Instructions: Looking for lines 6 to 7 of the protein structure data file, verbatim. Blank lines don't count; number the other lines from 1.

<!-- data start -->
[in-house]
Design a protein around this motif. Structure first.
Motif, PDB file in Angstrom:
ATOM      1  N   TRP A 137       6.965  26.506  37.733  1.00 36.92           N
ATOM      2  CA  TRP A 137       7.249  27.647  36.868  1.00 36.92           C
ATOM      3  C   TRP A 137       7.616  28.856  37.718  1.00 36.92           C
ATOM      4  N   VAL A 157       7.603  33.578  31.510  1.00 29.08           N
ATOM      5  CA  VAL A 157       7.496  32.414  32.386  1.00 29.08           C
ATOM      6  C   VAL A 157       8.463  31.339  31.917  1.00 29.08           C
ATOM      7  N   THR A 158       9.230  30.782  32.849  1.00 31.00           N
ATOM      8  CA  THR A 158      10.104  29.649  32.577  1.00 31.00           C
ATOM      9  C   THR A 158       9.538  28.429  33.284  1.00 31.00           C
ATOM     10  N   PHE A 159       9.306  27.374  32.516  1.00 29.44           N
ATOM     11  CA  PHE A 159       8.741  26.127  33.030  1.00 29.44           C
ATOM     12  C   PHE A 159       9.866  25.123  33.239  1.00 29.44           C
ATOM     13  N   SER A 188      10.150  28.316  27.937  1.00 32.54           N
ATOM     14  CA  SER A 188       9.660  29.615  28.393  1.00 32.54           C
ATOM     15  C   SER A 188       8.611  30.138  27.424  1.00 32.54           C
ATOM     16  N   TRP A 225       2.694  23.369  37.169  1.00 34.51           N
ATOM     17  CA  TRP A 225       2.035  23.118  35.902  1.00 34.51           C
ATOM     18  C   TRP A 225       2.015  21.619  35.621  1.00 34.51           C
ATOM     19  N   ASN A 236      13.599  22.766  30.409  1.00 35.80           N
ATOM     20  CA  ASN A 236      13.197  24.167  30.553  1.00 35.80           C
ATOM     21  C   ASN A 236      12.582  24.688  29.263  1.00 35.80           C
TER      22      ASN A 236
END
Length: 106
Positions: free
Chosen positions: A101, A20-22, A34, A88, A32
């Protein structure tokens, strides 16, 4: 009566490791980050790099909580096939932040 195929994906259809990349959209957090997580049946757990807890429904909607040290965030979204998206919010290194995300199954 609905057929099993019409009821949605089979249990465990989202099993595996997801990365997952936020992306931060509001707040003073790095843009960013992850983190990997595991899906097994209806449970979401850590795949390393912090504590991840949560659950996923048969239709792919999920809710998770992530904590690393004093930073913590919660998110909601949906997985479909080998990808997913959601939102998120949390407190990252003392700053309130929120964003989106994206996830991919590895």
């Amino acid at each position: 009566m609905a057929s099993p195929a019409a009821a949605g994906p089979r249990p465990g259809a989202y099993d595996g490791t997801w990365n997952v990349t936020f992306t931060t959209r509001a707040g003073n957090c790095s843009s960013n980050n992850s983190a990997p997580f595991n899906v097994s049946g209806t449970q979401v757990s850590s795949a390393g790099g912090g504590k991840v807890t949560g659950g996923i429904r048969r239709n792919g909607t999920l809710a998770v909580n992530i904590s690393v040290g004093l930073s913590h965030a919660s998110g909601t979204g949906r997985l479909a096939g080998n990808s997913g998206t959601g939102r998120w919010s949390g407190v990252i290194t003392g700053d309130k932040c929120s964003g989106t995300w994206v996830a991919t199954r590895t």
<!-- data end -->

ATOM      3  C   TRP A 137       7.616  28.856  37.718  1.00 36.92           C
ATOM      4  N   VAL A 157       7.603  33.578  31.510  1.00 29.08           N